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State action gets credit for helping small retailers survive

Margie Manning



Photo by Mike Petrucci on Unsplash

Retailers in Florida are more likely to survive the pandemic than those in other states, according to a financial advisor with UBS Wealth Management.

The small businesses that make up a big chunk of the retail sector in the Tampa-St. Petersburg area are among the beneficiaries of state action to keep Florida open, said Frank Brawley, senior vice president of the UBS Brawley Wealth Management Group in Tampa. The survival of those small companies will have a long-term positive impact on the economy, he said.

Brawley’s confidence in the state’s retail sector comes as the U.S. Bureau of Labor Statistics has released new numbers, showing how Florida business overall has fared during the pandemic. About half of all business establishments, not just retailers, in the state told employees not to work, with or without pay, the BLS said. That’s a little lower than the U.S. private sector average.

There were a substantially higher number of businesses in Florida who continued paying their workers while they were not working during the pandemic, according to the BLS.

The BLS also reported that 64.22 percent of Florida’s business establishments received a coronavirus-related loan or grant tied to rehiring or maintaining employees on the payroll. That’s slightly higher than the national average of 62.13 percent.

Pandemic impact

The retail sector has been especially hard hit by the pandemic. American retailers have announced 8,400 closures this year, according to CNN, citing data from Coresight Research.

But the trend started prior to the pandemic, Brawley said.

Frank Brawley

“Going into the pandemic, you heard a lot about the death of retail and it happened with the beginning of Amazon. As soon as we could start buying things on Amazon and getting them the same day or the next day, you heard a lot about the death of retail,” Brawley said.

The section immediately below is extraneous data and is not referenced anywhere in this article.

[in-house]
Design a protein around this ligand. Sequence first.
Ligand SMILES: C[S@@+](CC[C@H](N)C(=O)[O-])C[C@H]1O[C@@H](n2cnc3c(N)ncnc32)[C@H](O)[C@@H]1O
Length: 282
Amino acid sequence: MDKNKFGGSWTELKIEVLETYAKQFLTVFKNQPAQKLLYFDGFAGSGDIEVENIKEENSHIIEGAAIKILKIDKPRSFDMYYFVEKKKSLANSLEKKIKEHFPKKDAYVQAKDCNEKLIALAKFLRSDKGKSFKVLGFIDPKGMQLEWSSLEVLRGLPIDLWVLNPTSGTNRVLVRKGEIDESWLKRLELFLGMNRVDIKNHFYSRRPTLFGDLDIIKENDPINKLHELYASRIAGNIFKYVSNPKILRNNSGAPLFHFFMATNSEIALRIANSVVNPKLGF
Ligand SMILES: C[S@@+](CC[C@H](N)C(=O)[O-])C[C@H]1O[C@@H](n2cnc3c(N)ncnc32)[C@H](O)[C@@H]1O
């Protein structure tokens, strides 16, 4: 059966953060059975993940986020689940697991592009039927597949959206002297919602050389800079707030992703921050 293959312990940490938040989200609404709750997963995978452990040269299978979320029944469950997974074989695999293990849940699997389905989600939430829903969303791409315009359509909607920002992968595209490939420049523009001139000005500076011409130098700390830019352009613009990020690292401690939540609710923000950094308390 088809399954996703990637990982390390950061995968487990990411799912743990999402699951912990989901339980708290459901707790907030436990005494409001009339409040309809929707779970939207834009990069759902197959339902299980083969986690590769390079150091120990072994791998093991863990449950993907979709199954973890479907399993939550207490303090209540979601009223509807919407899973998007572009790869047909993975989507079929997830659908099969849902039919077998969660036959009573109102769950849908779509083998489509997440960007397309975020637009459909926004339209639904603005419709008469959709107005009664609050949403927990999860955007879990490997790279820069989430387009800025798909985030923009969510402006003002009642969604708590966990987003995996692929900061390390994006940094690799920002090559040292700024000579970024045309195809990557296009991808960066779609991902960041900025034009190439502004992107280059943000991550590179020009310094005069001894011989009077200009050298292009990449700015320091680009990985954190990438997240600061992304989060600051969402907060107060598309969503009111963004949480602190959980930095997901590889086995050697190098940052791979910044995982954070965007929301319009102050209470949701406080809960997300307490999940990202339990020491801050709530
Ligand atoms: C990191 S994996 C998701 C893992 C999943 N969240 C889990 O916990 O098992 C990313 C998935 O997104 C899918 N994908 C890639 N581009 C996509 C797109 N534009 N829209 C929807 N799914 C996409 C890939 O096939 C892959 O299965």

“Our view is retail is not dead. It’s not going away. But retail is changing and the pandemic accelerated those changes. What UBS thought would take four to eight years to unfold was crammed into a six-month period.”

While businesses deemed essential, such as grocery stores, never closed during the pandemic, a lot of those deemed non-essential, including mom and pop retail stores, were closed, Brawley said.

“I don’t fault the politicians for saying there’s essential and nonessential businesses. No one has ever dealt with this before. We didn’t know how the pandemic spread or how deadly it was or how to treat it. All those things were very scary and we didn’t know what to do, so they did what they thought best, which was to shut things down,” Brawley said.

On March 25, Pinellas County enacted a “safer at home” measure that required non-essential businesses to close, unless they could comply with social distancing measures. Pinellas County rescinded its measure in early May. Similar measures were in place in other Florida counties, but not statewide.

Covid-19 cases and deaths leveled off during the summer, then started to surge again in the fall, both locally and nationally.

While other states have put in place new restrictions on businesses, Florida Gov. Ron DeSantis has said he will not do so, and in late November DeSantis extended an executive order that bars local governments from enforcing violations of mask mandate.

Critics have said DeSantis’ actions will lead to more cases of Covid-19.

Small businesses owners see DeSantis’ approach as vital for survival, Brawley said. He cited a conversation with a hair salon owner whose salon was shut down in March and April, and who is married to a chef who lost his job.

“They made it with government assistance, but she said, ‘Frank, if I were cutting hair in a different state and we were shut down, my kids wouldn’t have Christmas … We would be declaring bankruptcy. We couldn’t do it again,’” Brawley said.

While remaining open, most small business owners are taking the virus seriously, Brawley said.

“There is social distancing when you go into a restaurant, or any store. And every store, at least in the Tampa area, has signs that say you can’t come in without a mask,” he said.

He’s also seeing a groundswell of customers trying to support local businesses whenever possible.

“We know these people. We go to church with them. Our kids play softball together. We know these men and women who own these businesses and we’ve seen firsthand how hard it was when they shut down,” Brawley. “If there is a silver lining, it is that there is a real effort among the community to try to shop local and support those businesses.”

Both Tampa and St. Petersburg will benefit as a result, he said.

“Our economy thrives on small businesses,” he said. “Now that they are fully up and running and we are getting into the holiday season, the traffic is higher. People are out and spending money. The fact that the small businesses are open is having a very positive impact on the local economy, because they are our lifeblood.”

Longer term, Brawley expects to see small business owners who have faced shutdowns in other states to relocate to Florida if they are able to move.

“Only time will tell but I think it will have a lasting impact on our economy and our population growth,” he said.

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